We finally know how the sausage is made!!

A few months back, we decided to take the plunge and buy the KitchenAid stand mixer over which we’ve been salivating for years now. There was a good sale at Amazon and we could get it with the European plug, so the timing was right. Plus, we were able to buy the meat grinding attachment & sausage-filling horn from the U.S. for quite a bit cheaper than it would have been here. Then a couple of months later, after much searching, I found a place that would sell us casings in a relatively small package.

With all of these tasks accomplished, there was only one part left: the actual making of the sausage.

The ‘small’ package of casings contained about 20 meters (60 feet!). It might not seem like much for a butcher shop, but for a private citizen with very limited refrigeration facilities, that’s nearly too much to contemplate. Because I wasn’t too bright about it (or in shock at having purchased so much pig intestine), I chucked the whole mess in the freezer when I got it home. Therefore, we had to defrost the entire amount in order to get any off of the wad. So we’ll need to make more in a couple of days, or else forfeit everything we haven’t yet filled (i.e., a LOT). Next time, we’ll divide up the pack before freezing. No reason one package shouldn’t yield a year’s worth of meat-candy.

After getting the salt-preserved casings soaked, pliable and rinsed, it was time to grind and season the meat. We bought about 3.5 kilos of pork (not shoulder like we were instructed – there was none to be had, so we went with thigh cuts), Cliff trimmed the skin and cut it all into grinder-friendly strips, and we ended up with an impressive heap o’ meat.

Next, we divided the ground meat into halves and commenced seasoning. One was destined for Sicilian style sausage and the other for Spanish chorizo. The filling was a bit of an adventure, as I was in charge of filling the meat tray and Cliff was handling the casing. That might not have been the smartest division of labor, as I could have really used his eight inch height advantage to actually see what I was doing. Although, you can see that we worked through it and it turned out pretty well.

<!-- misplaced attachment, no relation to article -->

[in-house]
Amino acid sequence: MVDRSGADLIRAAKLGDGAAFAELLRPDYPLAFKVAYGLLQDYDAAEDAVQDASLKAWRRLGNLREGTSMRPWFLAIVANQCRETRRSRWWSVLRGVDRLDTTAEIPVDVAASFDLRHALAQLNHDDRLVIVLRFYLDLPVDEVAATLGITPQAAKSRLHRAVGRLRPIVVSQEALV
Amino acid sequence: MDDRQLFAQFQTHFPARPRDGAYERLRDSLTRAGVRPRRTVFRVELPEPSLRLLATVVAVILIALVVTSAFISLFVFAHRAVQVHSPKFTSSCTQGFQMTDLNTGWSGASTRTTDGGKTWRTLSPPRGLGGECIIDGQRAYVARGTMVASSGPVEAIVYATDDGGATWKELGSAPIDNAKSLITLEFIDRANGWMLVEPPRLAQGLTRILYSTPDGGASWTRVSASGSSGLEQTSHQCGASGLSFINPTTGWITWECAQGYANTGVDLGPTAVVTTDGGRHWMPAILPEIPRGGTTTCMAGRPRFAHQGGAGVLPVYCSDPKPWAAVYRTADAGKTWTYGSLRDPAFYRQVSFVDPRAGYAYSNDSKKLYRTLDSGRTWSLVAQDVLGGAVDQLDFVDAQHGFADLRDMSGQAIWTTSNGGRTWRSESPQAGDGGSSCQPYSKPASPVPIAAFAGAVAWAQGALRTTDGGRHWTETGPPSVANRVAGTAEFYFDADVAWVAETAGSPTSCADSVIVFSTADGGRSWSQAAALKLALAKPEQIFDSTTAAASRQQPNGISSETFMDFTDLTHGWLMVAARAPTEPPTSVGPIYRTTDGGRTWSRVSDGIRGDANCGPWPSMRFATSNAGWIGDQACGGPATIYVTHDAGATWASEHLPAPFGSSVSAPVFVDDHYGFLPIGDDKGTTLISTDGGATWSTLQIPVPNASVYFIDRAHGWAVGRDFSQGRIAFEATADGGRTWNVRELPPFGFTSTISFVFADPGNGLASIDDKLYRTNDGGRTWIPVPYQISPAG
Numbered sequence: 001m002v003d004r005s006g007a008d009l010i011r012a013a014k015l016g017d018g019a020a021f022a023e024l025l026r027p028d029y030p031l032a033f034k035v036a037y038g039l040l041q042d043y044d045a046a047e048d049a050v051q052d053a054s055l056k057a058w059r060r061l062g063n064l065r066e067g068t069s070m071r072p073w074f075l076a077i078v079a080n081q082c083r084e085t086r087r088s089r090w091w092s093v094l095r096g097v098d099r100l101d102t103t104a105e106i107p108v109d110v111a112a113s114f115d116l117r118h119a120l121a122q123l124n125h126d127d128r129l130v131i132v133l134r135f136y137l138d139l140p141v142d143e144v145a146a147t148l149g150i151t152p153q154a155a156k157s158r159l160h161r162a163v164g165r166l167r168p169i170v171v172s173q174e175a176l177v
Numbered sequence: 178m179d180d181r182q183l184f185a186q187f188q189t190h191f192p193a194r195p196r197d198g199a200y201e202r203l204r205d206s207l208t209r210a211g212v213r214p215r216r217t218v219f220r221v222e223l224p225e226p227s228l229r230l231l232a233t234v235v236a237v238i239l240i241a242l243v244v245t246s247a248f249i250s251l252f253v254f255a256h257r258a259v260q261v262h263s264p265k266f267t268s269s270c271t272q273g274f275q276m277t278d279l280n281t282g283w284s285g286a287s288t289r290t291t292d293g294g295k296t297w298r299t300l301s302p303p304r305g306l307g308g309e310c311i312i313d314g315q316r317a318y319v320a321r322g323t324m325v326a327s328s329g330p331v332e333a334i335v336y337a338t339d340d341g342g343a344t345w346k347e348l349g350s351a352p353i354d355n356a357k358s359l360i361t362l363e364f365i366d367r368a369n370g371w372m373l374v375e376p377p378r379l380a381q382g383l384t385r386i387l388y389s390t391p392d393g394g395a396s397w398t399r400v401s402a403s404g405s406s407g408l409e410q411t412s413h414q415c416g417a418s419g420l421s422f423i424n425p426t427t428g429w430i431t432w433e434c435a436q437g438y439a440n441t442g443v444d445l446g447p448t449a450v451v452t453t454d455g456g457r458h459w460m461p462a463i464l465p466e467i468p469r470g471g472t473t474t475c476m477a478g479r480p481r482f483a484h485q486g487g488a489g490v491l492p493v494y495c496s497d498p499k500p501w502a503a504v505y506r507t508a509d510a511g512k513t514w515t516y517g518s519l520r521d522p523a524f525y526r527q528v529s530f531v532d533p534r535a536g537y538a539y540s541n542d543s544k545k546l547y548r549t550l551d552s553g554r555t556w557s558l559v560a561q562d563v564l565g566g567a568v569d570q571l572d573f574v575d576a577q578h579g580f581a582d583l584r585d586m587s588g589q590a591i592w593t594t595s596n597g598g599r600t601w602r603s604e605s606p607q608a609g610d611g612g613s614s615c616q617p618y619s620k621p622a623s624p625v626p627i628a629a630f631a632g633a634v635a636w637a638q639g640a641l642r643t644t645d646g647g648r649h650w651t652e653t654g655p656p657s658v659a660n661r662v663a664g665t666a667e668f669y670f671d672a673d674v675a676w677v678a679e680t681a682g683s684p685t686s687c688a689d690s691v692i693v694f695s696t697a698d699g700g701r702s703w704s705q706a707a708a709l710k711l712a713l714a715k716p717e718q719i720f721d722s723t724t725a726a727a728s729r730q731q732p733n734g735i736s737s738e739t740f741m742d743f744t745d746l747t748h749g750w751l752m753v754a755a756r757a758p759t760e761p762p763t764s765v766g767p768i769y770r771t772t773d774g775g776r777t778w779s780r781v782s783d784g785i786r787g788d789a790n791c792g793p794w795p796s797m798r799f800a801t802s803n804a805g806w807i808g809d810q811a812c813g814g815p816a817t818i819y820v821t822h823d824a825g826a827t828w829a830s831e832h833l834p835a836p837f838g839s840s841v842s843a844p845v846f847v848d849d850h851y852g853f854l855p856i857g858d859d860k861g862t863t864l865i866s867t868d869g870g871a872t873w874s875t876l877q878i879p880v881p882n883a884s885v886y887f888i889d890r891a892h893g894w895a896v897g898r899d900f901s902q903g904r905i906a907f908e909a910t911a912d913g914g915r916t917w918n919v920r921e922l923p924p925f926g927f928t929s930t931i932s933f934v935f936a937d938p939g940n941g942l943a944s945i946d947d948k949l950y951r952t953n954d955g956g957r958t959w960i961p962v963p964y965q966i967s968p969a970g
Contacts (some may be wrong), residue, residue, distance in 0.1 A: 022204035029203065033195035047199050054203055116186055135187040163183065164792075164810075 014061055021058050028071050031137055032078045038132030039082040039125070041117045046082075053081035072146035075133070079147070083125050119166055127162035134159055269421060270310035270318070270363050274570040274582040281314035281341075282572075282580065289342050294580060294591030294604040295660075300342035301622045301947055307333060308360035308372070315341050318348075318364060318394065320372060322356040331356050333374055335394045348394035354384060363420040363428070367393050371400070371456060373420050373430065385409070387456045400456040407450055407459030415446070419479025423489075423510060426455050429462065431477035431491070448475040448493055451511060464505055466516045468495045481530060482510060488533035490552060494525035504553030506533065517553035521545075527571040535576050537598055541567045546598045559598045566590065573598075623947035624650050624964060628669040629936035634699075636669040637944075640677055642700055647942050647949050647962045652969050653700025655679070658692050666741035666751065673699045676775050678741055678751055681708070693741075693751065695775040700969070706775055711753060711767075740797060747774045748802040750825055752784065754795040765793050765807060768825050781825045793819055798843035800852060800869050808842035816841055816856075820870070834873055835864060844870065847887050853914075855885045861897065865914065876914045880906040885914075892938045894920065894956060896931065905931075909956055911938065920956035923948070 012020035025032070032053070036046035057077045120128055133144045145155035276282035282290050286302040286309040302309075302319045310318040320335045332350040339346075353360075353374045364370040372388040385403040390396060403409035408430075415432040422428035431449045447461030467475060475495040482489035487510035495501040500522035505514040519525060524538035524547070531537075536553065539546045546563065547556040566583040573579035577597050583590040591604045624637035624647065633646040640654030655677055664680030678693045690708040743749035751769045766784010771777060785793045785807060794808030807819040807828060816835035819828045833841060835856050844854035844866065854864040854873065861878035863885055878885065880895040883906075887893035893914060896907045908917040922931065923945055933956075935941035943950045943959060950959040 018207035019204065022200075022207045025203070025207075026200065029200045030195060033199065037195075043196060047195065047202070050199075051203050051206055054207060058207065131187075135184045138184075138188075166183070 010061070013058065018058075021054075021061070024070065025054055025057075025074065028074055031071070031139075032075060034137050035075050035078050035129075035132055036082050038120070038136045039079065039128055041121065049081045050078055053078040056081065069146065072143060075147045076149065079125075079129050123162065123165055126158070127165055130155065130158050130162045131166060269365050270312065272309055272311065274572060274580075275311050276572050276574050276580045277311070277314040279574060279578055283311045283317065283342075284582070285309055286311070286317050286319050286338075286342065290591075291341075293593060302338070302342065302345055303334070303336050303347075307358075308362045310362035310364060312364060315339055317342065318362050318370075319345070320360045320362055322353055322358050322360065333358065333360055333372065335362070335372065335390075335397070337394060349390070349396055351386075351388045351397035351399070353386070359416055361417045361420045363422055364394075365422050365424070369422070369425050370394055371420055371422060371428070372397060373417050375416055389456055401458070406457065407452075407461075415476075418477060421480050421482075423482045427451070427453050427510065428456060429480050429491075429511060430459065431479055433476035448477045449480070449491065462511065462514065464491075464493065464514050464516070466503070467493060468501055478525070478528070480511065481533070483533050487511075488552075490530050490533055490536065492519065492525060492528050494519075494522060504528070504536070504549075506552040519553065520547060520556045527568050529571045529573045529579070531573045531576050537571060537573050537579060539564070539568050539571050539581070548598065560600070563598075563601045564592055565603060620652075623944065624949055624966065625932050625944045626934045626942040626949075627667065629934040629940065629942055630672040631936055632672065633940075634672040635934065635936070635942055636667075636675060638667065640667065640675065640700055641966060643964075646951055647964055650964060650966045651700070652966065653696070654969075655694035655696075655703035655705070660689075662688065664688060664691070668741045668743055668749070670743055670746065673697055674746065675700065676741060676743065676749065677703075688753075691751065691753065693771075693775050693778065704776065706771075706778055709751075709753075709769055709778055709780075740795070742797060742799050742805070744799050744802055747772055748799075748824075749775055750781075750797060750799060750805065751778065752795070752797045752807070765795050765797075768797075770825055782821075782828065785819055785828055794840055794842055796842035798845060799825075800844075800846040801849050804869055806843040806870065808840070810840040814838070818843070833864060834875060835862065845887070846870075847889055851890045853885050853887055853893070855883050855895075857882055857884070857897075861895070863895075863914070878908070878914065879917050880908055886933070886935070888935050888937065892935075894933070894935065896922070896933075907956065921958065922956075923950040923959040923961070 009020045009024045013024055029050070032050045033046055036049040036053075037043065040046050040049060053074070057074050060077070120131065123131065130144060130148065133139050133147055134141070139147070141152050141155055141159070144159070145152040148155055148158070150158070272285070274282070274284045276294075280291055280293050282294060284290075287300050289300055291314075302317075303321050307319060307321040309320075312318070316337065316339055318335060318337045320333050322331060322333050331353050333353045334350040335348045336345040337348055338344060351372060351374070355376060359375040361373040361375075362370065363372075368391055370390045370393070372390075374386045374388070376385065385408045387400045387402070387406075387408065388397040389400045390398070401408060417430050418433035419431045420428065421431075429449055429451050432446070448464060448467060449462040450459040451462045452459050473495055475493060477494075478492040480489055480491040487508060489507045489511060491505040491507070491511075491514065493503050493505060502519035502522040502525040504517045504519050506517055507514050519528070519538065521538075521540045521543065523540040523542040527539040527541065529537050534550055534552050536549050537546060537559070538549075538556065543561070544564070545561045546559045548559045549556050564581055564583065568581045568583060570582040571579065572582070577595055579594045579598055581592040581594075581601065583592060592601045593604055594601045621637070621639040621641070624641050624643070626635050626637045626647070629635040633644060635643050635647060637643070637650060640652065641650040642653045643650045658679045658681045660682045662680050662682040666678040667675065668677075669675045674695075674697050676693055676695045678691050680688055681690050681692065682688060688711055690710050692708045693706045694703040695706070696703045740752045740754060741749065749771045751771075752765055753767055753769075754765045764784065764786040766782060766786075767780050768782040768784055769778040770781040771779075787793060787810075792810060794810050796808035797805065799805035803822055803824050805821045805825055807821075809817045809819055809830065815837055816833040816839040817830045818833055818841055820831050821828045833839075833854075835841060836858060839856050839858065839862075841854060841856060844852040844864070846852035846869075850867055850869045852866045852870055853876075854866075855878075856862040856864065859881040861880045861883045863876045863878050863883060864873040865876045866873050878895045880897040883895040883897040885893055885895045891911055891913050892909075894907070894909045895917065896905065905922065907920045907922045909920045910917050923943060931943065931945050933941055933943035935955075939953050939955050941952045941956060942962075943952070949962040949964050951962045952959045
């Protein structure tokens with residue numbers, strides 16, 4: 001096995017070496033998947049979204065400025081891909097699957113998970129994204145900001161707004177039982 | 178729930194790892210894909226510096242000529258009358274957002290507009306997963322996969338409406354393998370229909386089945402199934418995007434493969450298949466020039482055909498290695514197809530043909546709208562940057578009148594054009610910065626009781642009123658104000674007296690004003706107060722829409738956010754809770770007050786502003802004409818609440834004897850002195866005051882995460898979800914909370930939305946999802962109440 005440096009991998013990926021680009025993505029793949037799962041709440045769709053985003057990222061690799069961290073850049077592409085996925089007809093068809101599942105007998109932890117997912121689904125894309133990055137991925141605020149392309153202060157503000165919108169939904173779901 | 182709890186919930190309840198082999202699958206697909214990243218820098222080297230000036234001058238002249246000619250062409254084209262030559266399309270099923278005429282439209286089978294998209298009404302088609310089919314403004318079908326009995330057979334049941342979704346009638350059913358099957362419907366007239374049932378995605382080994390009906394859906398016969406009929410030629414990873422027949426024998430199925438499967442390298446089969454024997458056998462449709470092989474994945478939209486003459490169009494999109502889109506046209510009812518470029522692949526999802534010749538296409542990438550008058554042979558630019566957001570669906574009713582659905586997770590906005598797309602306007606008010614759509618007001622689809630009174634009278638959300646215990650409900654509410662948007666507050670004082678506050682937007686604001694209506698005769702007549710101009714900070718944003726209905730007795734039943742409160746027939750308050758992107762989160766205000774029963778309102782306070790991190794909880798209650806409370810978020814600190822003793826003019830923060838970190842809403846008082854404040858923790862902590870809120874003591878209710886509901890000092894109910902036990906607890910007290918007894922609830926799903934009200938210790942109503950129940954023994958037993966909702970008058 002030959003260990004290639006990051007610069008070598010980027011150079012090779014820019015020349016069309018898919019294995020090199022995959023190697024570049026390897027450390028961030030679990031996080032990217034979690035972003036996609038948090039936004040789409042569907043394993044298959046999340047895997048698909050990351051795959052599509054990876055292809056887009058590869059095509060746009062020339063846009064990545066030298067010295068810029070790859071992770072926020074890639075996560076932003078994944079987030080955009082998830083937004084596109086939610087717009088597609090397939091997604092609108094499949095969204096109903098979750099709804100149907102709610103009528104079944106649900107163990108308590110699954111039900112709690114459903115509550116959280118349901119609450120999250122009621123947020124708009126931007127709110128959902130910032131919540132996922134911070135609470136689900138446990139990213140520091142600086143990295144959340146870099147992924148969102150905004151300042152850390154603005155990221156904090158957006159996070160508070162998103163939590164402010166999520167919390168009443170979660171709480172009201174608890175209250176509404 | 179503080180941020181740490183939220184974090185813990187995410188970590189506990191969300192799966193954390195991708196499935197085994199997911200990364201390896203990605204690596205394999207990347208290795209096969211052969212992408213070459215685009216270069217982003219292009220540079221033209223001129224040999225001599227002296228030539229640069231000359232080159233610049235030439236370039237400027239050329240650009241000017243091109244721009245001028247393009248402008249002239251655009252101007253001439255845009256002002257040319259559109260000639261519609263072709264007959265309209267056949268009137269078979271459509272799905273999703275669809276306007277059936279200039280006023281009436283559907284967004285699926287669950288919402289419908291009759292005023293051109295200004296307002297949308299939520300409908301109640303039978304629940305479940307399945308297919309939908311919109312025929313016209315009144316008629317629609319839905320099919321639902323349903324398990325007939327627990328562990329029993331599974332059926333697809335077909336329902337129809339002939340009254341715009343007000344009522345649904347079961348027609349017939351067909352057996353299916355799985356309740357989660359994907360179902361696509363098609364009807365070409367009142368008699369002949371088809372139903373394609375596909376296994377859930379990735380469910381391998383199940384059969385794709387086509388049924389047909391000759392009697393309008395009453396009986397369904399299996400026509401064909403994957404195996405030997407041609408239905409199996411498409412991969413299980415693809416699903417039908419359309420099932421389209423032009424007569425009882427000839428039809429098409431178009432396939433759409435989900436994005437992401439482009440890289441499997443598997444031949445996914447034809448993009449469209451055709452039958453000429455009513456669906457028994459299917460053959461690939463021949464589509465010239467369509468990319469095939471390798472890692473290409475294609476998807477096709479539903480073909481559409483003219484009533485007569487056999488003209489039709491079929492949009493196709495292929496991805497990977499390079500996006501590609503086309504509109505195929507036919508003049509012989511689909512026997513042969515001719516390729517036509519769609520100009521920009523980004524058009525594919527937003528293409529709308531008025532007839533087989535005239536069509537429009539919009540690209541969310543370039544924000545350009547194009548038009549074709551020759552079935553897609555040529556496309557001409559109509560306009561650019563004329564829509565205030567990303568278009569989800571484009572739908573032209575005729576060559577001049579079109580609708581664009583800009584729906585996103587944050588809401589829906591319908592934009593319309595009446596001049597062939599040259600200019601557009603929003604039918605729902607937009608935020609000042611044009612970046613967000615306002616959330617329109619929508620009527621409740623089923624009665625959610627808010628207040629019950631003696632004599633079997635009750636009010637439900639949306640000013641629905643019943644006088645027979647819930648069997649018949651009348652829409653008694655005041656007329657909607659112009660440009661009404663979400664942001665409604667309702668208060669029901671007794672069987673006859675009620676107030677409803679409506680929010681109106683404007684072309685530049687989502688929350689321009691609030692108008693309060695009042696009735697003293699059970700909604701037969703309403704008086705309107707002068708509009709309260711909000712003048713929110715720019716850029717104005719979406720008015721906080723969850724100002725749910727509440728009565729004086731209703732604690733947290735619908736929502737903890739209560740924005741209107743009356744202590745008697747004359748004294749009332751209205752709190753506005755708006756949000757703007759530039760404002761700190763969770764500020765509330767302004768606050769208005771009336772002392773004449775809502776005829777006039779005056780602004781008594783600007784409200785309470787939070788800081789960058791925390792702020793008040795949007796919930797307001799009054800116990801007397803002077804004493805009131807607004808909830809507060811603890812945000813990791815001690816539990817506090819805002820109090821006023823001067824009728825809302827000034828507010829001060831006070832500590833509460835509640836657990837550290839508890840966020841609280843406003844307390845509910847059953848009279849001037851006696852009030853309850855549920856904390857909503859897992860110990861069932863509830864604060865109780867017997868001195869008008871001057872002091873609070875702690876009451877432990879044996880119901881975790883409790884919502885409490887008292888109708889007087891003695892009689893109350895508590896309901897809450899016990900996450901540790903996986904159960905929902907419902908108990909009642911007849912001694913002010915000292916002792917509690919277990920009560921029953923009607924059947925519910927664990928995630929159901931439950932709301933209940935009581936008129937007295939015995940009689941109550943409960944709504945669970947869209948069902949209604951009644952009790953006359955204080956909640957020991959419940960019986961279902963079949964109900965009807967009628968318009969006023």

11 thoughts on “We finally know how the sausage is made!!”

  1. Carrie B

    Two words: Meat candy.
    Two more words: Yuck. Yum.

  2. tqe | Adam

    That looks fascinating and yummy!

    Congratulations on figuring it out–and I hope you enjoy the rewards of your effort.

  3. Snooker in Berlin

    How cool!!!
    I’m happy that you finally got this done. Very nice!

  4. The Accidental Expat

    Right then, are you taking orders???

  5. Adi

    C’mon , I’m already drooling !:-)

  6. Sarah

    It is pretty interesting, once you get past the initial squickiness of the casing texture (squishy! stretchy! slippery! moist.).

    The initial batch that we just finished off was good, but I think it will take a few more tries – and the right meat-to-fat ratio – to get it to a point where we’re comfortable doing things like taking orders. Which means extra big thanks to our guinea pigs!

    1. Tammy

      These guinea pigs are grateful!

  7. Jen

    I bow down to the worthy sausage makers! Yum!

  8. Frau Dietz

    I am literally falling to pieces with envy.

  9. […] impressive array of recipes and had better-than-expected results with the first two attempts. We particularly liked the Sicilian one with the hint of nutmeg and lemon zest contrasting nicely […]

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